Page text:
Reaction to these pieces was swift and significant. Saunders received thousands of responses, some supportive, others accusing her of being “sick”—and she also got work. Within a week, the San Francisco Chronicle bought an image of Palin as a snotty prom queen dissing Joe Lieberman at the dance, and The Nation bought another showing Palin and John McCain playing with toy soldiers and a miniature White House. Soon, Mother Jones came calling with an assignment to do a visual send-up of Republican senator Rick Santorum. On seeing Saunders’s sketches, the magazine proposed a slideshow of those images to be featured on its website. Thinking that a slideshow was one step away from animation, Saunders leaped into new territory again, first making simple GIFs of two sketches, and then using After Effects and Illustrator for an ongoing series of cartoons for the Mother Jones site.
Saunders quickly realized that she would need to change her stylistic approach for the animations to “read” well. Her animations are, as she puts it, in the “cartoon category,” and while she started out by using some texture in the images, she had to steer towards a flatter look so the images wouldn't lose quality as small files. But she is enjoying the change of pace. “I used to love MAD magazine, I loved the irreverence of it,” she says. Her cartoons, whether they star a satanic factory farmer or a smarmy Rick Perry, show Saunders thoroughly enjoying herself. In fact, if you listen carefully, you can hear that enjoyment, as she also voices and scores each piece.
As she points out, one of the best things about this new undertaking is that it represents an incredible platform for sharing her views with the world: “I have this unbelievable freedom to reach a large audience and say what I want to say.” The message that Saunders wants to convey to her growing audience, most often, is one about the value of the human experience. This philosophy drives her overtly political work, as she mocks those who undercut the values she holds dear. It also underlies various self-initiated projects that she has generated over the last few years. In 2003, she began interviewing and painting portraits of the Puerto Rican men in her Upper West Side home neighborhood who retrofit their bicycles into moving works of art. She went on to create portraits and profiles of other city dwellers with compelling hobbies or careers—rooftop pigeon keepers, bike messengers and the dancing roller skaters who congregate in Central Park, among many others. “I’ve developed this intense interest in talking to people and bringing their stories to the world,” she explains.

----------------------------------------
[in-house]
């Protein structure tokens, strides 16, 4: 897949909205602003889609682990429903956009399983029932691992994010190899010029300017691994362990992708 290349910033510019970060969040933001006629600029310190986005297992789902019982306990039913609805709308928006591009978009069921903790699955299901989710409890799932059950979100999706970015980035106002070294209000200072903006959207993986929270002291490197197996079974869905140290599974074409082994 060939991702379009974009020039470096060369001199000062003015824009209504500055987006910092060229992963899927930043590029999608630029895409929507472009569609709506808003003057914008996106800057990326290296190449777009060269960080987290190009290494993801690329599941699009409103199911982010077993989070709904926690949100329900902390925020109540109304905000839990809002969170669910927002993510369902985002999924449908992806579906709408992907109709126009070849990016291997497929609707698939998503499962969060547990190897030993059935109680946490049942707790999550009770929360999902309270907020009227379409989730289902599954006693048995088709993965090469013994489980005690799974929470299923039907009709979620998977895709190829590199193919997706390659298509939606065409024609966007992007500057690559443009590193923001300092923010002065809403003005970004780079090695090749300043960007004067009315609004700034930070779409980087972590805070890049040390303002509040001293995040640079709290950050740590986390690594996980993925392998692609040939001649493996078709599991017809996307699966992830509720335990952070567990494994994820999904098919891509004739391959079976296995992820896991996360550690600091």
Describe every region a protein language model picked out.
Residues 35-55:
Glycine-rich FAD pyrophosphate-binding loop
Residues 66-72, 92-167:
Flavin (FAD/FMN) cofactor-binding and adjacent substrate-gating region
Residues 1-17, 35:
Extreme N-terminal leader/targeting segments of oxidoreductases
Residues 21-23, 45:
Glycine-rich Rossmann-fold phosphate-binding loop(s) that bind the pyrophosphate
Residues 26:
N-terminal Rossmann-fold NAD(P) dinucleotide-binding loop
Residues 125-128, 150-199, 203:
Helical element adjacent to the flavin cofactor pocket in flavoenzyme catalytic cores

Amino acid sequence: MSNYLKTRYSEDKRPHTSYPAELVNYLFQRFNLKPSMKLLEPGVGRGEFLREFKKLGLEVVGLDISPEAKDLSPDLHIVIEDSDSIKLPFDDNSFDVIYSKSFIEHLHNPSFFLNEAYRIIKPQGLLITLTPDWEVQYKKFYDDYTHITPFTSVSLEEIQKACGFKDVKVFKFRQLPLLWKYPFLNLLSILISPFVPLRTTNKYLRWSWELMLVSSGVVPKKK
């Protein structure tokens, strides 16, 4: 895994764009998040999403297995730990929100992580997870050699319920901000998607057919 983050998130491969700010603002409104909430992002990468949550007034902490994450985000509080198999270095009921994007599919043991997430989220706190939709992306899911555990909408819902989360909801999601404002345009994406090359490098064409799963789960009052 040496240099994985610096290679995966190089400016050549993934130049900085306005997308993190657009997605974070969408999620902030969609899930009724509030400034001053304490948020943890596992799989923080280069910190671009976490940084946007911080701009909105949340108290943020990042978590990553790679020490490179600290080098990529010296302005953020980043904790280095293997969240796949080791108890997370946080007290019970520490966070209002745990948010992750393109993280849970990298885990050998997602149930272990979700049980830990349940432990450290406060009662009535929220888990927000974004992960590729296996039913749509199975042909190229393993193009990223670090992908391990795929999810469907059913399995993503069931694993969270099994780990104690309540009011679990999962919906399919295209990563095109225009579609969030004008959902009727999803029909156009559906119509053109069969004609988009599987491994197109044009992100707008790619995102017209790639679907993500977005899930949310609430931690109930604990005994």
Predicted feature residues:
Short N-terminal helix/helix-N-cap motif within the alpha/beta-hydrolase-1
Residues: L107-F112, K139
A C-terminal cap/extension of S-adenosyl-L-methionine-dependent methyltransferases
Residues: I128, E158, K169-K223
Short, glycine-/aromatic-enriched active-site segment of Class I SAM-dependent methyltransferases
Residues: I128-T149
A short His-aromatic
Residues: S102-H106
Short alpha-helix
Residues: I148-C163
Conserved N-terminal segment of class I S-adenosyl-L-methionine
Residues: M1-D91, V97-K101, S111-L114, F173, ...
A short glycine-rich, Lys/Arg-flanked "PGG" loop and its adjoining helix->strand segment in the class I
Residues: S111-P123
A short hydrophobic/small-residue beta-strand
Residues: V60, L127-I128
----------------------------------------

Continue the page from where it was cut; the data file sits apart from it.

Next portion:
Collecting the stories for Overlooked New York (the interviews and portraits have been published as a book) begat even more new connections for Saunders. Her contact with the bike messenger community led her to a messenger named Faith living in Zimbabwe. Saunders went on to learn about Faith’s fraught experience in that country, documented her life in another illustrated profile, and became close friends with her even though the two have only communicated online. Saunders’s working life, too, became richer; through her growing collection of online projects, she began communicating with other illustrators and, for the first time, saw herself as part of an artistic community: “I found out that I’m not alone,” she says. “It was a wonderful feeling of brotherhood and unity.” Saunders now gets feedback on her work from a few illustrators who have become good friends, though her primary source of input is still her husband. “He’s the person I turn to when I want to see if something looks good,” she says.
Saunders will have plenty of fodder for these conversations about her work in the coming months. In addition to her regular assignments—including more animations for Mother Jones and a portrait series of scientists for Discover—there is that little matter of the 2012 election on the horizon. Asked if she plans to make another series of satiric images this time around, she says, “How could I not?” As we approach November, then, Saunders will still be doing what she does beautifully: Making art, and passionately, enthusiastically engaging with the world. ca